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Vasectomy cost varies depending on who is performing the procedure and where you live in the country. While it can be expensive, it may be worth considering if you have decided that you do not want any more children, which means you’ll be saving money by eliminating birth control costs. Learn more about how much vasectomies cost here!

Cost Of A Vasectomy:


A vasectomy is a minor surgical procedure, which means that the vasectomy cost will be lower than if it were an invasive operation. The typical fee for a vasectomy can range anywhere from $400 to $1,000, but there are also clinics that offer them for free. Vasectomies are typically more expensive in metropolitan areas because of the higher costs of living and increased demand for services. And due to the potential side effects of having a vasectomy, many men choose to have a vasovasostomy post-vasectomy reversal surgery to fix any problems that may arise with their reproductive systems. As such, the total cost can sometimes exceed $5,000.

Is It Covered By Insurance?


More than half of all surgical procedures are covered by health insurance. If you have a vasectomy, your doctor will typically submit the claim to your health insurance company for you. The company may need to see a copy of your medical history, which it can get from the doctor who performed the surgery. Your company might also want to see an estimate of how much you will end up paying out-of-pocket before approving coverage. For example, they might ask you if there is any chance that you could change your mind and want children in the future. If so, they would not cover it because they do not want to pay for a procedure that someone might reverse down the road.

Choosing An Experienced Urologist:


Many urologists offer vasectomies, but not all are equally qualified. It’s important to find a skilled and experienced doctor who can perform the surgery without complication. The best way to do that is to ask your friends and family if they know of any doctors in your area with a high rate of success and positive reviews. You should also consult the American Urological Association website for a list of certified vasectomy surgeons in your area. Finally, you’ll want to check out their credentials so you know they’re legitimate. The AULA provides a certification directory that helps consumers find reputable surgeons near them.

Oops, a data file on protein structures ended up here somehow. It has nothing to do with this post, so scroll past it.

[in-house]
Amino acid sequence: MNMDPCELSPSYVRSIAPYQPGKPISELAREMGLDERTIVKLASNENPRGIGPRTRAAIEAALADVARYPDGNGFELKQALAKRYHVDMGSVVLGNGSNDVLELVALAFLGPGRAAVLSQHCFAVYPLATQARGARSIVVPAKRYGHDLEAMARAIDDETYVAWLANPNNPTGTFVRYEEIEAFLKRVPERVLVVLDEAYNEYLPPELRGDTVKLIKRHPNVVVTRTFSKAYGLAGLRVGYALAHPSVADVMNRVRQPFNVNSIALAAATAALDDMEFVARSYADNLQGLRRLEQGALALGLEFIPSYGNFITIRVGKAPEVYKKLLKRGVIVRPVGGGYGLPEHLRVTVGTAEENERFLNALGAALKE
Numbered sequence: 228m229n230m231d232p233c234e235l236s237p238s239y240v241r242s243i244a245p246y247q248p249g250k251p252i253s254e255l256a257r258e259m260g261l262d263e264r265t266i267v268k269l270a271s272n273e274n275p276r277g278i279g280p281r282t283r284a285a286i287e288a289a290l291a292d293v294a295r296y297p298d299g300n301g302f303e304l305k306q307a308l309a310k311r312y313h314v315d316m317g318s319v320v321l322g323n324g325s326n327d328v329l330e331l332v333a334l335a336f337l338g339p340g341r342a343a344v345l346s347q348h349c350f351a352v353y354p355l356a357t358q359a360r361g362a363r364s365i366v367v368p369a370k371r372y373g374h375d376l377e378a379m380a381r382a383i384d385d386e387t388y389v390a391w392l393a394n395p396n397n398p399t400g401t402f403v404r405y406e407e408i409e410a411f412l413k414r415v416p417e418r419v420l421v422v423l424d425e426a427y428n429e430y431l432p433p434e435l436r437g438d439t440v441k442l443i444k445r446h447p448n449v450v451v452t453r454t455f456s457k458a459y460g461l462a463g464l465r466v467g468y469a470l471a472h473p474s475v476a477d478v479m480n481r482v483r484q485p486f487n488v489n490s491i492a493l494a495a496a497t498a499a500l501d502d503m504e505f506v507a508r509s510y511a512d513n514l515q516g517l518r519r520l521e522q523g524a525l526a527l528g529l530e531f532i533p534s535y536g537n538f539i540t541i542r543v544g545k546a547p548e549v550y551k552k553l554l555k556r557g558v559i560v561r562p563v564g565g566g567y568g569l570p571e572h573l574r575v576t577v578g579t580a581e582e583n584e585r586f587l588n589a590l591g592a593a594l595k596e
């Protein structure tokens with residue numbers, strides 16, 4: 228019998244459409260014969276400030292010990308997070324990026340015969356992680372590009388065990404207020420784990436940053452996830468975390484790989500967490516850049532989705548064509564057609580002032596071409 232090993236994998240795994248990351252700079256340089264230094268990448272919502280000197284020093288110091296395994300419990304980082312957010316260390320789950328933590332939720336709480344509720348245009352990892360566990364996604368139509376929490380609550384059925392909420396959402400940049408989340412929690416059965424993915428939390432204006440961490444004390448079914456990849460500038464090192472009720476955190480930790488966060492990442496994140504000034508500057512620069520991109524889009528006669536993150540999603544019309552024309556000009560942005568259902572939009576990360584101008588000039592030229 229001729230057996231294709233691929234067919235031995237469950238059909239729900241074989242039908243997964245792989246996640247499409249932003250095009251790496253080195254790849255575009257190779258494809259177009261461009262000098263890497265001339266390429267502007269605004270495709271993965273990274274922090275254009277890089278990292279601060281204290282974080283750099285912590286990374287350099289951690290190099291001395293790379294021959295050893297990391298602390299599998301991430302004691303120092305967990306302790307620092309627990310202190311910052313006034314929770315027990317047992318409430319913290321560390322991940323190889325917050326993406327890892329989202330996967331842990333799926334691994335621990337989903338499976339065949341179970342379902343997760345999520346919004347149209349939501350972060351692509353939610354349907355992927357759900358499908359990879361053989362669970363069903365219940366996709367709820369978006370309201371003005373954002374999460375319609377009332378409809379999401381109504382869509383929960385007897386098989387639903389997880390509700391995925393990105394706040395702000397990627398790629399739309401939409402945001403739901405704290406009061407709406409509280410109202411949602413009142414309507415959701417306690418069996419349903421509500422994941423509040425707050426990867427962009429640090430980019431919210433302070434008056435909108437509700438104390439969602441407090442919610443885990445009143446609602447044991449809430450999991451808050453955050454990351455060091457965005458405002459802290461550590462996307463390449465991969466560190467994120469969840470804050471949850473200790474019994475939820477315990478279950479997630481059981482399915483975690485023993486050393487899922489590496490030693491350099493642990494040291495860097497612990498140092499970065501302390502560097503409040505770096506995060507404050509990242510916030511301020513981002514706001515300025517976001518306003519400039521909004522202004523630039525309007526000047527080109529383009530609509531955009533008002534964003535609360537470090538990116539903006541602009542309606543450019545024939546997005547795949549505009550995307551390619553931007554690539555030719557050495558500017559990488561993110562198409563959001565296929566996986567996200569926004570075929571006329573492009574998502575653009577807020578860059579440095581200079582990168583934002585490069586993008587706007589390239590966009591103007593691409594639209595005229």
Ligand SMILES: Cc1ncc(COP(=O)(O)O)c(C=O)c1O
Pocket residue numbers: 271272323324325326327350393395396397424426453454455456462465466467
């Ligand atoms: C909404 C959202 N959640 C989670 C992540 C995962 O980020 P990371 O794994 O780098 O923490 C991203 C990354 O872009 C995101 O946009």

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What Can You Expect During Your Visit?

  1. A vas is done under local anesthesia and typically takes 15 minutes to perform.
  2. The urologist will make an incision in the scrotum, exposing the tubes that carry sperm from the testicles to the semen.
  3. The urologist then removes a small section of one of the tubes or severs and ties off both tubes.
  4. Finally, he stitches up your scrotum before you go home to recuperate for a few days while your body heals itself naturally, though you may experience some pain during urination or sexual intercourse for a few weeks following surgery.

The Procedure Itself:


The surgery is performed in an operating room, under general anesthesia. A small incision is made in the scrotum on one side and the vas deferens, which carry the sperm from the testicles to the penis, are cut and sealed. The other side of the scrotum is then closed with stitches. Most men can leave the hospital within a day or two of surgery, but some may need to stay as long as four days. Vasectomies are considered permanent birth control because they require surgery, so it’s not something you can get undone at a later date. You’ll also need follow-up visits with your doctor for about six weeks after your surgery to make sure everything is going smoothly.

Recovery After A Vasectomy Surgery:


The recovery after a vasectomy surgery is relatively quick. There are some post-surgical instructions to follow, but these are mostly short-term pain management. It is advised to take it easy for one week following the surgery. After that, there are no limitations on activity other than avoiding heavy lifting for 6 weeks.

Alternatives To Having The Surgery:


There are other ways of preventing pregnancy. Condoms or birth control can be used to help prevent pregnancy, with a vasectomy being the last resort. Birth control pills, patches, and shots all come with different risks, so it is important to talk to your doctor about which option would work best for you.
As an alternative, some men choose to use an intrauterine device (IUD), which involves inserting a small device through the cervix into the uterus. The IUD can be left in place for up to ten years and prevents sperm from reaching and fertilizing eggs.

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